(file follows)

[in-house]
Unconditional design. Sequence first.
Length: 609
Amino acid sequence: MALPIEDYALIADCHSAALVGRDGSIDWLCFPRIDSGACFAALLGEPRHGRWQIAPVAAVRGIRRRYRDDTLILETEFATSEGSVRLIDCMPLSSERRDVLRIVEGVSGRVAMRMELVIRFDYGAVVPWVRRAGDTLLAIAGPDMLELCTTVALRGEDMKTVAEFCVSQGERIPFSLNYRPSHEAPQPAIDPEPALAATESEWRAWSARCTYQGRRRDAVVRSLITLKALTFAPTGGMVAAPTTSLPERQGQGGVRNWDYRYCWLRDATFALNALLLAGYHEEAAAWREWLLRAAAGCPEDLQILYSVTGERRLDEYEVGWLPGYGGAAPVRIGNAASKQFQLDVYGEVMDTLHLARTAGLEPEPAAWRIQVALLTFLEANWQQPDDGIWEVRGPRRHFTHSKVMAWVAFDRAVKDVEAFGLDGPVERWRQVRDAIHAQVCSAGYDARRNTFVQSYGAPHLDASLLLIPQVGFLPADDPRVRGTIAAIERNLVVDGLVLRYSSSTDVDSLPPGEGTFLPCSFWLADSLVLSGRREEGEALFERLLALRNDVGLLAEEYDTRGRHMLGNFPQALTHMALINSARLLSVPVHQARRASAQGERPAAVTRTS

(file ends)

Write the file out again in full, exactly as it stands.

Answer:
[in-house]
Unconditional design. Sequence first.
Length: 609
Amino acid sequence: MALPIEDYALIADCHSAALVGRDGSIDWLCFPRIDSGACFAALLGEPRHGRWQIAPVAAVRGIRRRYRDDTLILETEFATSEGSVRLIDCMPLSSERRDVLRIVEGVSGRVAMRMELVIRFDYGAVVPWVRRAGDTLLAIAGPDMLELCTTVALRGEDMKTVAEFCVSQGERIPFSLNYRPSHEAPQPAIDPEPALAATESEWRAWSARCTYQGRRRDAVVRSLITLKALTFAPTGGMVAAPTTSLPERQGQGGVRNWDYRYCWLRDATFALNALLLAGYHEEAAAWREWLLRAAAGCPEDLQILYSVTGERRLDEYEVGWLPGYGGAAPVRIGNAASKQFQLDVYGEVMDTLHLARTAGLEPEPAAWRIQVALLTFLEANWQQPDDGIWEVRGPRRHFTHSKVMAWVAFDRAVKDVEAFGLDGPVERWRQVRDAIHAQVCSAGYDARRNTFVQSYGAPHLDASLLLIPQVGFLPADDPRVRGTIAAIERNLVVDGLVLRYSSSTDVDSLPPGEGTFLPCSFWLADSLVLSGRREEGEALFERLLALRNDVGLLAEEYDTRGRHMLGNFPQALTHMALINSARLLSVPVHQARRASAQGERPAAVTRTS